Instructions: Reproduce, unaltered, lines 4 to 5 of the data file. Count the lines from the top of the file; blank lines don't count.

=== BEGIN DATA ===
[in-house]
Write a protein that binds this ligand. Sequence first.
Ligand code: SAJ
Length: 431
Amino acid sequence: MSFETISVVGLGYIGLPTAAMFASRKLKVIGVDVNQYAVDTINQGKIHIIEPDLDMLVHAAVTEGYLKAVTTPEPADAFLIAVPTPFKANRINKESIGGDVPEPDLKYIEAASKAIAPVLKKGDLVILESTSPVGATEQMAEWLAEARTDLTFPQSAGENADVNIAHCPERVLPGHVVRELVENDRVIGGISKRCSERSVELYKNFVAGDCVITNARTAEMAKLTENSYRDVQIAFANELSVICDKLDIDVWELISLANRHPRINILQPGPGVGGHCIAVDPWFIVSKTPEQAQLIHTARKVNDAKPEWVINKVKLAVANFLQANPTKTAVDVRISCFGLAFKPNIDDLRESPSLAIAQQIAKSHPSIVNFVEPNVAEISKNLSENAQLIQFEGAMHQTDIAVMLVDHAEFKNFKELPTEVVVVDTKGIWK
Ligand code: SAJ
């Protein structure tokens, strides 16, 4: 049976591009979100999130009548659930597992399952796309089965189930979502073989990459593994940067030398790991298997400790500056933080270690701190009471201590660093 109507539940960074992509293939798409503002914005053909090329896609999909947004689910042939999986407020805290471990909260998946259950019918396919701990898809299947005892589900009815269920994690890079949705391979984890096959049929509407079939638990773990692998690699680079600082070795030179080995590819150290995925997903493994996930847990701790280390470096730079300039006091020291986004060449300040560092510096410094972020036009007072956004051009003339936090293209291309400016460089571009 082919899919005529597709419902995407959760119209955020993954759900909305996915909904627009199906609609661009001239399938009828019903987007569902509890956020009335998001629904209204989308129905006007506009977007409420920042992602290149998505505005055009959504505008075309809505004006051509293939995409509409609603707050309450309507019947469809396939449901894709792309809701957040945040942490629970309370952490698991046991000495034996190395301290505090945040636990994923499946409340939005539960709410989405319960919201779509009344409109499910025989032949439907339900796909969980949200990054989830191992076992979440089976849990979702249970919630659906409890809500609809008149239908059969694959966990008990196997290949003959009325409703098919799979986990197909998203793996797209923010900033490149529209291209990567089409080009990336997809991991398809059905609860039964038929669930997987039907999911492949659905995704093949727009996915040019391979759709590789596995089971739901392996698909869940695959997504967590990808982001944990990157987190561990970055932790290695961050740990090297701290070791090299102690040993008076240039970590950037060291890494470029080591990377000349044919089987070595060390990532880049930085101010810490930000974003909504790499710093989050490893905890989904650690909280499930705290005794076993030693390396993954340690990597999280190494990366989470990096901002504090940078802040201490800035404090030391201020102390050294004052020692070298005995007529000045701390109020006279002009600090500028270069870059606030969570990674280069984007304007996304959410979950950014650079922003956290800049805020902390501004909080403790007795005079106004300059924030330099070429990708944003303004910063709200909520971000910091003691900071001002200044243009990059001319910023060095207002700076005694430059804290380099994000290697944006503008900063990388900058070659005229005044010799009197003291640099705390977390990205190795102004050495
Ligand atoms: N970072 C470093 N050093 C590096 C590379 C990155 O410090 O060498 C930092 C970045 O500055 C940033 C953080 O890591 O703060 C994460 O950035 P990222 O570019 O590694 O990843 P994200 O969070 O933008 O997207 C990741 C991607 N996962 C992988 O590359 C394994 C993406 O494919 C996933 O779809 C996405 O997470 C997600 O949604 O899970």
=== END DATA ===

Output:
Length: 431
Amino acid sequence: MSFETISVVGLGYIGLPTAAMFASRKLKVIGVDVNQYAVDTINQGKIHIIEPDLDMLVHAAVTEGYLKAVTTPEPADAFLIAVPTPFKANRINKESIGGDVPEPDLKYIEAASKAIAPVLKKGDLVILESTSPVGATEQMAEWLAEARTDLTFPQSAGENADVNIAHCPERVLPGHVVRELVENDRVIGGISKRCSERSVELYKNFVAGDCVITNARTAEMAKLTENSYRDVQIAFANELSVICDKLDIDVWELISLANRHPRINILQPGPGVGGHCIAVDPWFIVSKTPEQAQLIHTARKVNDAKPEWVINKVKLAVANFLQANPTKTAVDVRISCFGLAFKPNIDDLRESPSLAIAQQIAKSHPSIVNFVEPNVAEISKNLSENAQLIQFEGAMHQTDIAVMLVDHAEFKNFKELPTEVVVVDTKGIWK